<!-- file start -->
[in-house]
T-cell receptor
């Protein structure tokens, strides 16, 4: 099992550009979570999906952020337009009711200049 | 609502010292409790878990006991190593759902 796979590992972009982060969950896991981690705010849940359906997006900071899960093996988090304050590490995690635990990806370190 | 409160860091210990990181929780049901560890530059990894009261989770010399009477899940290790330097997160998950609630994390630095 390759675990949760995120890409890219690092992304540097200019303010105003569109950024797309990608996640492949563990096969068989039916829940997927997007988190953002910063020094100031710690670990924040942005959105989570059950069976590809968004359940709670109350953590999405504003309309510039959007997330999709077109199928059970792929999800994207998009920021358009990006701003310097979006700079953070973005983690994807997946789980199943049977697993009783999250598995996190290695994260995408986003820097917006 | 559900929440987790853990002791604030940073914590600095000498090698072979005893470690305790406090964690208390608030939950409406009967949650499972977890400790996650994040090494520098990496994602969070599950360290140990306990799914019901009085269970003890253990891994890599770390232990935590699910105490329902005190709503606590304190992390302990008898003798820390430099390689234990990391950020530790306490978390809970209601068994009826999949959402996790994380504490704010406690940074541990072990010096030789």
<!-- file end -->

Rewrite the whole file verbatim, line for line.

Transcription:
[in-house]
T-cell receptor
């Protein structure tokens, strides 16, 4: 099992550009979570999906952020337009009711200049 | 609502010292409790878990006991190593759902 796979590992972009982060969950896991981690705010849940359906997006900071899960093996988090304050590490995690635990990806370190 | 409160860091210990990181929780049901560890530059990894009261989770010399009477899940290790330097997160998950609630994390630095 390759675990949760995120890409890219690092992304540097200019303010105003569109950024797309990608996640492949563990096969068989039916829940997927997007988190953002910063020094100031710690670990924040942005959105989570059950069976590809968004359940709670109350953590999405504003309309510039959007997330999709077109199928059970792929999800994207998009920021358009990006701003310097979006700079953070973005983690994807997946789980199943049977697993009783999250598995996190290695994260995408986003820097917006 | 559900929440987790853990002791604030940073914590600095000498090698072979005893470690305790406090964690208390608030939950409406009967949650499972977890400790996650994040090494520098990496994602969070599950360290140990306990799914019901009085269970003890253990891994890599770390232990935590699910105490329902005190709503606590304190992390302990008898003798820390430099390689234990990391950020530790306490978390809970209601068994009826999949959402996790994380504490704010406690940074541990072990010096030789």